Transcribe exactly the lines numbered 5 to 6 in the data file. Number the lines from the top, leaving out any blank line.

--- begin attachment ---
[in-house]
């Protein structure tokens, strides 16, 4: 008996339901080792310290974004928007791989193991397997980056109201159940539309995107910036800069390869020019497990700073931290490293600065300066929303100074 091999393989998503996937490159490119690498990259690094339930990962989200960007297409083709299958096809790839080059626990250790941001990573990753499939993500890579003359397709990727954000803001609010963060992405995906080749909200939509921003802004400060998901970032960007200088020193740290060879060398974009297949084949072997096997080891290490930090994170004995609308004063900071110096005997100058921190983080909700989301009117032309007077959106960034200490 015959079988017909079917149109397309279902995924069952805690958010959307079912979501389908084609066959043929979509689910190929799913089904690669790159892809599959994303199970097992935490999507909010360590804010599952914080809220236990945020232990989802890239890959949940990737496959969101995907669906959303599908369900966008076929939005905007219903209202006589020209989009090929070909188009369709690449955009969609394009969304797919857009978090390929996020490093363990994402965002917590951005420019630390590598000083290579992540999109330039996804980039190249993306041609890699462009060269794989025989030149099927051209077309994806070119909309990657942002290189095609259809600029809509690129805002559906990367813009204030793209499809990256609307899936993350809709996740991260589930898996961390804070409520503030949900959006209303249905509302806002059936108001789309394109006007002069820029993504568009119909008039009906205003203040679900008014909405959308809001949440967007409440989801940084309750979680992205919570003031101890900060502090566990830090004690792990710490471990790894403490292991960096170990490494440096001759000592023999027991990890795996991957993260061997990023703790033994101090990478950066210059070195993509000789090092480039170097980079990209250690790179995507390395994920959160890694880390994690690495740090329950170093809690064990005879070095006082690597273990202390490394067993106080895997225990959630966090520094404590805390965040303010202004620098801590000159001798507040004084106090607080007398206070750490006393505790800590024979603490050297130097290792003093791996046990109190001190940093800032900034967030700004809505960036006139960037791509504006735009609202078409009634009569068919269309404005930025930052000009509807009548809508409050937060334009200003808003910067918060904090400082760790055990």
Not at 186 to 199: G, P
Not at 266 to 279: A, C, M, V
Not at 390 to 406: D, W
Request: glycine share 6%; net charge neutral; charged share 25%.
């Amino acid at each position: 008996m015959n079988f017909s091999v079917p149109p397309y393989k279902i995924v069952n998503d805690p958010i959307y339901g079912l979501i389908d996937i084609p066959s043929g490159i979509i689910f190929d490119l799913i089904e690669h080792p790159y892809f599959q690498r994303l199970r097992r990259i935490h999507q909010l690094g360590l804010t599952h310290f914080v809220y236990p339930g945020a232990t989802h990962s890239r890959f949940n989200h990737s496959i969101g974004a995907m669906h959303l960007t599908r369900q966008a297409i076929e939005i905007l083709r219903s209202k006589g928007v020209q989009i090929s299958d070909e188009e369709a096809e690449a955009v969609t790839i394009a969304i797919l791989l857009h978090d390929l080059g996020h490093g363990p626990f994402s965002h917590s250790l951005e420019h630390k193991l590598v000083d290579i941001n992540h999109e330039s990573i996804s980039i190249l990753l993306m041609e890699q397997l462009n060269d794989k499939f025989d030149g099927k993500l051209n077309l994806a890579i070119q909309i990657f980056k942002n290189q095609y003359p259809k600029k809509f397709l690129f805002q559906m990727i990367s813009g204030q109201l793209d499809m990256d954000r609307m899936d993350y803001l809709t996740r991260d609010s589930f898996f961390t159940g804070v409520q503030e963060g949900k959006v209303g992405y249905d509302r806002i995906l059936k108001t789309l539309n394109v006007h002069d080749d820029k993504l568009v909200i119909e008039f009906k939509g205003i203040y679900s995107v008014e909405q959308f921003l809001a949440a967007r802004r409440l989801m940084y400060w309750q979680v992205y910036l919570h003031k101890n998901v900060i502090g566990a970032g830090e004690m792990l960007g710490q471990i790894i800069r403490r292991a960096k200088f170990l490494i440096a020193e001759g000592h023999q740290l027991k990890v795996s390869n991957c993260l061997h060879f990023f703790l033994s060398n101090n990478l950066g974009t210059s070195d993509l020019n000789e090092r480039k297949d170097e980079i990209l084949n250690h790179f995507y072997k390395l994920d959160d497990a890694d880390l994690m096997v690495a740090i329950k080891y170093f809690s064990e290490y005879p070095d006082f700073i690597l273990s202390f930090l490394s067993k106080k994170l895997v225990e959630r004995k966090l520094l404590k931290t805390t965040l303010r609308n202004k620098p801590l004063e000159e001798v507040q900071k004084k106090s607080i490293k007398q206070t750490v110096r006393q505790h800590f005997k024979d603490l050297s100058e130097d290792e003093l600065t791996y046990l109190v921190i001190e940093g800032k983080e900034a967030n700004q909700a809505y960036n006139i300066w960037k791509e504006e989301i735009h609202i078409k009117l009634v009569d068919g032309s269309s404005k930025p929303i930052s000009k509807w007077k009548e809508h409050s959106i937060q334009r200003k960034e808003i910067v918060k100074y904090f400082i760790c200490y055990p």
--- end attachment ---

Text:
Not at 390 to 406: D, W
Request: glycine share 6%; net charge neutral; charged share 25%.